When Julius was just 25 years old he traveled to Rhodes to study. While en-route his shipped was attacked and seized by Cilician pirates, who were unaware of his identity, and kidnapped him for ransom. When the young Caesar discovered that the pirates had demanded 2o talents of silver (about 620kg or 1375lbs) he became incensed, demanding they ask for more. He considered such a low request demeaning and told them to raise the ransom to 50 talents (1550 kg or 3400lbs) of silver, which they did.
The pirates dispatched several of Caesar’s companions to fetch the ransom, leaving Julius mostly alone. But did he cower and wait for the payment? Not in the slightest. Reports from other captives later claimed that Caesar all but bullied the pirate captors the entire time, at one point even demanding that he not be disturbed at night because he needed his rest. During the day he made them listen to poetry and speeches he composed, directed them in their chores and daily routines, and even exercised as well as played games with his captors. Collecting the ransom took forty days and there is no disputing that by the time it was paid most of the pirates treated him more as their superior than their hostage. Some later claimed to greatly respect him, despite his young age.
At his release Julius informed the pirates that while they had joy, fun, and a season in the sun, he did not appreciate the whole captivity thing and he planned to hunt them all down and have them crucified. Apparently none believed a private citizen had this sort of clout, so when he arrived a year later with a private fleet he hired, he captured them quite easily and reclaimed his silver.
After their capture he did follow through, as a man of his word and got the authorities in Pergamon to find them guilty and execute the entire lot. Moments before the crucifictions, however, Julius showed a modicum of compassion and slit all their throats to ease their suffering, rather than the hours or days it would take to die on their crosses.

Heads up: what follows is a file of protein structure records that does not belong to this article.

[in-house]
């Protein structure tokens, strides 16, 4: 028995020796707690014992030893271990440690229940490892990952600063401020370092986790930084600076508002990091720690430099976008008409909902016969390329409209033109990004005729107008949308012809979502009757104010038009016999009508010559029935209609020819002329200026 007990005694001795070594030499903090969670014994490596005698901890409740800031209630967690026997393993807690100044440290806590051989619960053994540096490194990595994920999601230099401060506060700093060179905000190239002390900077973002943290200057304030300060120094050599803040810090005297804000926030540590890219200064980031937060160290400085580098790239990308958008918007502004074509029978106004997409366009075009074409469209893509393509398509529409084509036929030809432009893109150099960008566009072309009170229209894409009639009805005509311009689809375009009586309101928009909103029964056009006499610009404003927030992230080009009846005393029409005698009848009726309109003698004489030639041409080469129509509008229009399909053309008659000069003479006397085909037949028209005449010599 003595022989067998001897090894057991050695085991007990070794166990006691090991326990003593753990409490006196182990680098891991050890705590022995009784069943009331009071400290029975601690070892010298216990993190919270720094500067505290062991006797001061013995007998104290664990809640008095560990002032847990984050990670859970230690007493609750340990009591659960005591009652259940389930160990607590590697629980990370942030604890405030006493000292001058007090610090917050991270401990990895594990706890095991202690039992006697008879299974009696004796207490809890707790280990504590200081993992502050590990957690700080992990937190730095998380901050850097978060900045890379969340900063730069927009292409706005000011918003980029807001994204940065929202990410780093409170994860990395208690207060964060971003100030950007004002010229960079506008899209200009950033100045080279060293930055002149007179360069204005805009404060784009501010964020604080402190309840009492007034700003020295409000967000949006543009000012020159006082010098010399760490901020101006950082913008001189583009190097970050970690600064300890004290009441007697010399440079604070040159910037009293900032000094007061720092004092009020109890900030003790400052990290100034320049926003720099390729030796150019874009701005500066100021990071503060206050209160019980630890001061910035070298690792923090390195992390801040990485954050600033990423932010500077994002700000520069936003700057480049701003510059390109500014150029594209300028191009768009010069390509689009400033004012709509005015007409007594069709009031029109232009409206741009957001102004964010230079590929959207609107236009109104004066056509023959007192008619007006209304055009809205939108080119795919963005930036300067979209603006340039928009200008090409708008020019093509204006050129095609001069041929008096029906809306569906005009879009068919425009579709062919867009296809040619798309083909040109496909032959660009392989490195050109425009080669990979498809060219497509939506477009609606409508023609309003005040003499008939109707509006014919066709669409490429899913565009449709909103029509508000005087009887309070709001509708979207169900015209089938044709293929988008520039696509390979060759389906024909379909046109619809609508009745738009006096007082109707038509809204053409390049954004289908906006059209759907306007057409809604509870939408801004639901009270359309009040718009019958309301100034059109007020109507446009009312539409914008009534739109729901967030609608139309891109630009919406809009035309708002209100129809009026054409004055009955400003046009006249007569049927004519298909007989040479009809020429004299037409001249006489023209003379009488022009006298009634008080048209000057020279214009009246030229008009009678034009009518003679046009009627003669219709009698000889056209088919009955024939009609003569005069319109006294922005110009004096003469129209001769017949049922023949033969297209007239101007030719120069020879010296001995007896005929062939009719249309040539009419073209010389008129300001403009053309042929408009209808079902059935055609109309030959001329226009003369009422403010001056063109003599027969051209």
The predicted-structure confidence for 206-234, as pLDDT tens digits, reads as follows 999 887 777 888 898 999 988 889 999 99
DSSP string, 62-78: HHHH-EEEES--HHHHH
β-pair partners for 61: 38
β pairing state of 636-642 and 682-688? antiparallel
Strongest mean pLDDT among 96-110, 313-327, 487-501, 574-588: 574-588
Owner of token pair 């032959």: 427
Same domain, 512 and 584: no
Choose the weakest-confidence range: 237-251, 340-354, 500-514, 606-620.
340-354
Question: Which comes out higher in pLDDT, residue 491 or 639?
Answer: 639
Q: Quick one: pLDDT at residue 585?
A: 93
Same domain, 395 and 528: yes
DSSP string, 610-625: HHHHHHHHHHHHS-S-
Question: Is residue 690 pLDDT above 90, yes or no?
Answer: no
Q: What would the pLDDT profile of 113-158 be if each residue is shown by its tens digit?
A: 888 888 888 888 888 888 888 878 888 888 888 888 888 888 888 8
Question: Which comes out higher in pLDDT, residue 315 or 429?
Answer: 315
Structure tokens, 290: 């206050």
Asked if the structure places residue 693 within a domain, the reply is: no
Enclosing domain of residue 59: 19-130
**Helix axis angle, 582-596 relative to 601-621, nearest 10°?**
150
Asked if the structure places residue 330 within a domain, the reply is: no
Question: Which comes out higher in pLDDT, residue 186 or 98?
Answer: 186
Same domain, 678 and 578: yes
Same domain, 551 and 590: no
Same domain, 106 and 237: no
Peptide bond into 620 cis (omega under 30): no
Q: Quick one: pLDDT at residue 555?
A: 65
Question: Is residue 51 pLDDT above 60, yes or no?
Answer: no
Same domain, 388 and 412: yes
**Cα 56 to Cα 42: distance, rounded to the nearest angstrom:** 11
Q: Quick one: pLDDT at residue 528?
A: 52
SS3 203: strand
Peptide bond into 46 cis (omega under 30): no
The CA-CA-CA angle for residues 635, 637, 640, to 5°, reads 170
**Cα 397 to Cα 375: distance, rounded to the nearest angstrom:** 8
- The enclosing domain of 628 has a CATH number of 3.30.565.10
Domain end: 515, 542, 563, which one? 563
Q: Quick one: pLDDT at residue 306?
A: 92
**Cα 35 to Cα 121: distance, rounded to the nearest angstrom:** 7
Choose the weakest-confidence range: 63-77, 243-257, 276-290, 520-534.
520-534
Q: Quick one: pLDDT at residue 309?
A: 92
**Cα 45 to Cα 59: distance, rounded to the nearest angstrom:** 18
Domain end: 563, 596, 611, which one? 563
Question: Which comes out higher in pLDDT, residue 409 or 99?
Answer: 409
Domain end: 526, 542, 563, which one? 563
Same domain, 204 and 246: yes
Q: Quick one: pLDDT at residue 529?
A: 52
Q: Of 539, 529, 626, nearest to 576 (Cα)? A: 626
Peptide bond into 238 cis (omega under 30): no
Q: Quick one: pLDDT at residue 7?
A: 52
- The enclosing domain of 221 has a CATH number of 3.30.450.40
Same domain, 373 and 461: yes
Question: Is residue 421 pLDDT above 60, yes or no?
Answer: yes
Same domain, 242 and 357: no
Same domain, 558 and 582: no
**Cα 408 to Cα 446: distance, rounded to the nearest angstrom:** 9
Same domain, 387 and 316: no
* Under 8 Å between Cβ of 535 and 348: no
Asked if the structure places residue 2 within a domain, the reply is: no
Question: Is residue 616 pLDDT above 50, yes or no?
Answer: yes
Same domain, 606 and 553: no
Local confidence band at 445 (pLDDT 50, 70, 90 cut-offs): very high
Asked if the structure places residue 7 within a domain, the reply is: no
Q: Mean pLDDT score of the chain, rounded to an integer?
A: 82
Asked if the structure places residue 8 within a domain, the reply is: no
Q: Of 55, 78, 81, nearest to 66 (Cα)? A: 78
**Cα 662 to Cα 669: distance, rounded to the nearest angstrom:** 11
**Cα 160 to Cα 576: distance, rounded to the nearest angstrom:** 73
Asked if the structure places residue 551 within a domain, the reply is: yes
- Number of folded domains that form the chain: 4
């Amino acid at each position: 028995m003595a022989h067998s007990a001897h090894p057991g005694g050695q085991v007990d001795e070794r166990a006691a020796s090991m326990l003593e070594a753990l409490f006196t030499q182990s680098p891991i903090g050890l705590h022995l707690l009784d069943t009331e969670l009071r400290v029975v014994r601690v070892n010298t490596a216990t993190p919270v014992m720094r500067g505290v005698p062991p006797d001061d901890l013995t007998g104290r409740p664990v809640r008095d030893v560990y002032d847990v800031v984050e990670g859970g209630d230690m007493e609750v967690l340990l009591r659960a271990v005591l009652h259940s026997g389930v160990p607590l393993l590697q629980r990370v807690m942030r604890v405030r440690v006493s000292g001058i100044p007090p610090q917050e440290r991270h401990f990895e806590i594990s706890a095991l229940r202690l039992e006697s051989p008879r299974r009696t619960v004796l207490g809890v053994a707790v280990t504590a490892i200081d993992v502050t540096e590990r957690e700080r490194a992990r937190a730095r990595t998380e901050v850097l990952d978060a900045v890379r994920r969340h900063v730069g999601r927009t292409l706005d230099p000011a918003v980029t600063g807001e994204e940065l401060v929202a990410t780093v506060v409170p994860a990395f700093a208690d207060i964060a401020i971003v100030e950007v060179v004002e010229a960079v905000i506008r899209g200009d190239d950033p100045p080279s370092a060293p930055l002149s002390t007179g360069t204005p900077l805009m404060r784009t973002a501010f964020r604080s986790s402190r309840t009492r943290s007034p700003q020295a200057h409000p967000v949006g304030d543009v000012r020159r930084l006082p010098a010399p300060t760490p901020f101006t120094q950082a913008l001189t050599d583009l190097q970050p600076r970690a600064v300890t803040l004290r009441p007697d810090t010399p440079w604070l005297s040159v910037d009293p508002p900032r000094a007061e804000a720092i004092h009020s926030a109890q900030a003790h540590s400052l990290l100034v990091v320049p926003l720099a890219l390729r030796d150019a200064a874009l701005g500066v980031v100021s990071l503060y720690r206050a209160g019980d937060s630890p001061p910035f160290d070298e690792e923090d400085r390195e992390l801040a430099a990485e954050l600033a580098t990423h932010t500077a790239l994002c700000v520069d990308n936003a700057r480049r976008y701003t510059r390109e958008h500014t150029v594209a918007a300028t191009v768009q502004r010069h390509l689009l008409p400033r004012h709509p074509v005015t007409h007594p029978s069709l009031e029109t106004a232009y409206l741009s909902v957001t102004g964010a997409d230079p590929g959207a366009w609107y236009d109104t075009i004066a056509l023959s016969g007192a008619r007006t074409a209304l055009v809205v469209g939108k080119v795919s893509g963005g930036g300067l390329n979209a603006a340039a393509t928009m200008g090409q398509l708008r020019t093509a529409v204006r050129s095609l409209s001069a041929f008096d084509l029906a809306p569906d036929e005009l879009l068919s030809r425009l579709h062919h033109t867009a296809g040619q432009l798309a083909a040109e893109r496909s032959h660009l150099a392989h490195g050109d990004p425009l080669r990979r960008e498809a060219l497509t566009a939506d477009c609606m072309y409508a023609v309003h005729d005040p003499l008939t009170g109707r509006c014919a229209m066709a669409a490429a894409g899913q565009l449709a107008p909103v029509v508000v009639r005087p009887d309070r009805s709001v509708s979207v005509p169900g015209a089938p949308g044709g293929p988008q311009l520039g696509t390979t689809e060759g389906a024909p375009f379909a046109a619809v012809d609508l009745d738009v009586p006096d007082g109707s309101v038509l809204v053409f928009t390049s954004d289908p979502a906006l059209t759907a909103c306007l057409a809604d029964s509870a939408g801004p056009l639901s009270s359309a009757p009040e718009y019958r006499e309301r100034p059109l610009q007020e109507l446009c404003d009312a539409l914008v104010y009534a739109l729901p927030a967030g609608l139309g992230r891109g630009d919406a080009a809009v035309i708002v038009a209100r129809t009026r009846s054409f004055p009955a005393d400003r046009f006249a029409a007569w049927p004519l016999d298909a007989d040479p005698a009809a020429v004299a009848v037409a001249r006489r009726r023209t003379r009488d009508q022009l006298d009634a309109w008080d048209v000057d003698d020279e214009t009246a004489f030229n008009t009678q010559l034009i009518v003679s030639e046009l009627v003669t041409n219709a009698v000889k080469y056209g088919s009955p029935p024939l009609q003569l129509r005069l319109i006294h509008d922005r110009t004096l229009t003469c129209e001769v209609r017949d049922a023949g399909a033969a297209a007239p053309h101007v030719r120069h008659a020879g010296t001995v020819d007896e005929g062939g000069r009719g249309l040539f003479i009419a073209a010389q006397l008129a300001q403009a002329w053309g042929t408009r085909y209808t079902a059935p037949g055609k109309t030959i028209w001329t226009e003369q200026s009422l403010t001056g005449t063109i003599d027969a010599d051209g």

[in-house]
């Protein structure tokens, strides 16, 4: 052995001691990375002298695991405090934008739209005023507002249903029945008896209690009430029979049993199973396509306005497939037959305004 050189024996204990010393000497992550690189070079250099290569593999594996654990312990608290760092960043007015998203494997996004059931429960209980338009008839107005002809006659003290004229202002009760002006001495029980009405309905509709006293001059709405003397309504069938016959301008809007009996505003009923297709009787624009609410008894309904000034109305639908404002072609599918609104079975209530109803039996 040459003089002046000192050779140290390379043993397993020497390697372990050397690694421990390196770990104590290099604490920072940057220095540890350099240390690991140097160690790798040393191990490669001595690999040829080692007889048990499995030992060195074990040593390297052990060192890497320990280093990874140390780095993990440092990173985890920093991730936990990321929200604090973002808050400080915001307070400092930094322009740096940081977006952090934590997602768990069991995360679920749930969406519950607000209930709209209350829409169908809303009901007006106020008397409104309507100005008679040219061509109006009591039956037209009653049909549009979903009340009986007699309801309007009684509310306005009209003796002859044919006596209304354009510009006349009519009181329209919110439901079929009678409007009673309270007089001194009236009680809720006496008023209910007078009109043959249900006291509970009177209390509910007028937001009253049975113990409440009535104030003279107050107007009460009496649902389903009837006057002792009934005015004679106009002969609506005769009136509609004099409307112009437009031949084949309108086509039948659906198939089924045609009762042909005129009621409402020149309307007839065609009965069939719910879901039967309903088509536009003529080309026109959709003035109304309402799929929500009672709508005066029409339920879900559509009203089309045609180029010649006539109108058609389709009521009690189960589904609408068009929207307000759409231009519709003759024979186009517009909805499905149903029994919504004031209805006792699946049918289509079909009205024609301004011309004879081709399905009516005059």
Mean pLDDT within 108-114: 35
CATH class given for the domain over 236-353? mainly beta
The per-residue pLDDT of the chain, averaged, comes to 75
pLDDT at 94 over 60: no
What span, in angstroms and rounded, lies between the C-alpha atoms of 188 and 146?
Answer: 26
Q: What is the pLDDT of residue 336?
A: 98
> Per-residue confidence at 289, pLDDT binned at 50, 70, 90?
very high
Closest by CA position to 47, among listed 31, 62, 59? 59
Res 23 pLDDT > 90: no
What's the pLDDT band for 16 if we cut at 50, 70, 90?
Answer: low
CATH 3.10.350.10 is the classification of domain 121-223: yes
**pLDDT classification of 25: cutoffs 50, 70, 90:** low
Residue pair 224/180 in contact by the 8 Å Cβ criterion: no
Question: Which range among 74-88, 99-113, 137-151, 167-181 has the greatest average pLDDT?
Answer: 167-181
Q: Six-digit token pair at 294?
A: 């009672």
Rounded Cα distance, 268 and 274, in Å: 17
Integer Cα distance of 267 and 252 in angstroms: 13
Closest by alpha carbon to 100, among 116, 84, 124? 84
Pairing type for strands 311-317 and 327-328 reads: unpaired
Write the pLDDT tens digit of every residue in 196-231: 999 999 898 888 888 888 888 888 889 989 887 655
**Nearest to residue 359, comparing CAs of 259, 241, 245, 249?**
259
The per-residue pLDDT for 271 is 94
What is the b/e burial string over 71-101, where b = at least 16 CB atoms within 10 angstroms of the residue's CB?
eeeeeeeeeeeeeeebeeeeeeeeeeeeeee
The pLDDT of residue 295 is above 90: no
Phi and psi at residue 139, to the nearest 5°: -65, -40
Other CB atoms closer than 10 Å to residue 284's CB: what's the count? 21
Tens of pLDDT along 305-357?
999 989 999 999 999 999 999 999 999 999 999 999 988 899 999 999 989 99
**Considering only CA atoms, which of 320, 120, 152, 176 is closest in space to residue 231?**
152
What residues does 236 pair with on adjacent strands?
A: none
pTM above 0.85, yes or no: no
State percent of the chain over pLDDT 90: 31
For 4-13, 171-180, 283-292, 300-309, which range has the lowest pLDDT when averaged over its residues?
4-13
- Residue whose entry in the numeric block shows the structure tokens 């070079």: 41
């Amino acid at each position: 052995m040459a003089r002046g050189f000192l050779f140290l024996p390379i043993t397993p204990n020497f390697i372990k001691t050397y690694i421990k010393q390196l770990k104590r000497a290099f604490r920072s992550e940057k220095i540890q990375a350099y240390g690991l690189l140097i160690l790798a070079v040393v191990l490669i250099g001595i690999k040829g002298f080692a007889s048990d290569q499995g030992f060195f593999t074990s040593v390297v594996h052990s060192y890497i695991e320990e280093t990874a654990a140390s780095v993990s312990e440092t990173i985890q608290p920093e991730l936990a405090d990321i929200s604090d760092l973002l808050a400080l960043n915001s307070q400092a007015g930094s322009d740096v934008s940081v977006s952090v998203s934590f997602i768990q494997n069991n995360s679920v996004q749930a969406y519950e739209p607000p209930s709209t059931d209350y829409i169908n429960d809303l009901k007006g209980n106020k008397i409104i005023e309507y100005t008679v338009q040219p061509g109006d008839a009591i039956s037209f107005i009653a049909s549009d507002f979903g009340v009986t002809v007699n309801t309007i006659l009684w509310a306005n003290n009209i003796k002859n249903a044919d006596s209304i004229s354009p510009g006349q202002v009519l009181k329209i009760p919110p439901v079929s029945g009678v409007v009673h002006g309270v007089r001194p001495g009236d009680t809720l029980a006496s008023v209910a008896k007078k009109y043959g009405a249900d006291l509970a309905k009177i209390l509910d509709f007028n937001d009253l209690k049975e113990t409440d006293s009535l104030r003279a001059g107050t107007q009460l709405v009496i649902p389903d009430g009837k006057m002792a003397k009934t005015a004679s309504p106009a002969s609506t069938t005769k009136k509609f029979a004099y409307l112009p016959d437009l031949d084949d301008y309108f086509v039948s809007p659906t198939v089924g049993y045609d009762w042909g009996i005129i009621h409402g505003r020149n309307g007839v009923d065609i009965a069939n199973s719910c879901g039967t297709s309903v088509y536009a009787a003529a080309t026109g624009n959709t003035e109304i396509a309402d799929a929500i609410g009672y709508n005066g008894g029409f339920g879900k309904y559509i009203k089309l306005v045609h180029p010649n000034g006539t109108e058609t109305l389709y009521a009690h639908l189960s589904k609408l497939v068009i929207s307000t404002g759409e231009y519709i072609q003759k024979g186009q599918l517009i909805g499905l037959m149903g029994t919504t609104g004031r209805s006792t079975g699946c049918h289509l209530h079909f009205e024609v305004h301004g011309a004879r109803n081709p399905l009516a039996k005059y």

What a soft-hearted guy. I suppose that summer frolicking in the summer Med with them meant more to him than maybe he let on.
Interesting fact about his death. Sixty senators plotted against Caesar to kill him and they all agreed to stab him so none would be able to determine who made the actual kill. When his body was examined post-mortem, Caesar was found to be wounded by twenty-three stab wounds. Of those, only one was actually a killing blow.
That means barely a third of the people who signed up, actually did what they promised to do.
And of those who did do what they promised? 95% did an ineffectual job and were useless.
Let this be a reminder the next time you get forced into a group project at work or school. Because from experience? These percentages still ring true.
And finally, always remember, politicians are more always vicious and blood-thirsty than common pirates and thieves.
Dinlas continues to pursue the thief who stole Hades’ gem and now finds himself deep in the Multi-Verse in an alternate dimension consisting of only a large meadow surrounded by dense forest. From there he discovers a world of different from anything he considered existing, even as an immortal deity. Follow along as he begins to realize there are far stranger places in existence than the Underworld.